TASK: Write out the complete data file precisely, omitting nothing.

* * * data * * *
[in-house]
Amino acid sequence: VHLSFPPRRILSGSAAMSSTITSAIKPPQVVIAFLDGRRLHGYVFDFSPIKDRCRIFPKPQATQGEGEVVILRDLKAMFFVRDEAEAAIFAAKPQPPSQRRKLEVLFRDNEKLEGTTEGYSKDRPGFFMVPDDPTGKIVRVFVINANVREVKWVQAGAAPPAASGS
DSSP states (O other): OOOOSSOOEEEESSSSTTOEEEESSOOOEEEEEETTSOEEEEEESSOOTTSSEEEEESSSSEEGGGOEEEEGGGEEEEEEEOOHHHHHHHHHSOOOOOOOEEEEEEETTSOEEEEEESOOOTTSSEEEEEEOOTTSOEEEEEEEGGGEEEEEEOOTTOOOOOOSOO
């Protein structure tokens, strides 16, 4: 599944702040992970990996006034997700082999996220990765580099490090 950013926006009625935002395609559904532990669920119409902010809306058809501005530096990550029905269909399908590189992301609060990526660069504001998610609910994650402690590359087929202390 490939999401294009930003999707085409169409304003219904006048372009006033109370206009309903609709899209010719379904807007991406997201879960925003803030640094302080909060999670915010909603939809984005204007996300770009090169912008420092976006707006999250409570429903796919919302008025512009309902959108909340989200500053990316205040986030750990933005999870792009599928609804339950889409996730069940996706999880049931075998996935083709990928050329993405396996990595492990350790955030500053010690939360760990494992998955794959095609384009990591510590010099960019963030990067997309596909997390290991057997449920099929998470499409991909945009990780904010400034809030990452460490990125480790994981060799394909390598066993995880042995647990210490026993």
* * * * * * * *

[in-house]
Amino acid sequence: VHLSFPPRRILSGSAAMSSTITSAIKPPQVVIAFLDGRRLHGYVFDFSPIKDRCRIFPKPQATQGEGEVVILRDLKAMFFVRDEAEAAIFAAKPQPPSQRRKLEVLFRDNEKLEGTTEGYSKDRPGFFMVPDDPTGKIVRVFVINANVREVKWVQAGAAPPAASGS
DSSP states (O other): OOOOSSOOEEEESSSSTTOEEEESSOOOEEEEEETTSOEEEEEESSOOTTSSEEEEESSSSEEGGGOEEEEGGGEEEEEEEOOHHHHHHHHHSOOOOOOOEEEEEEETTSOEEEEEESOOOTTSSEEEEEEOOTTSOEEEEEEEGGGEEEEEEOOTTOOOOOOSOO
């Protein structure tokens, strides 16, 4: 599944702040992970990996006034997700082999996220990765580099490090 950013926006009625935002395609559904532990669920119409902010809306058809501005530096990550029905269909399908590189992301609060990526660069504001998610609910994650402690590359087929202390 490939999401294009930003999707085409169409304003219904006048372009006033109370206009309903609709899209010719379904807007991406997201879960925003803030640094302080909060999670915010909603939809984005204007996300770009090169912008420092976006707006999250409570429903796919919302008025512009309902959108909340989200500053990316205040986030750990933005999870792009599928609804339950889409996730069940996706999880049931075998996935083709990928050329993405396996990595492990350790955030500053010690939360760990494992998955794959095609384009990591510590010099960019963030990067997309596909997390290991057997449920099929998470499409991909945009990780904010400034809030990452460490990125480790994981060799394909390598066993995880042995647990210490026993």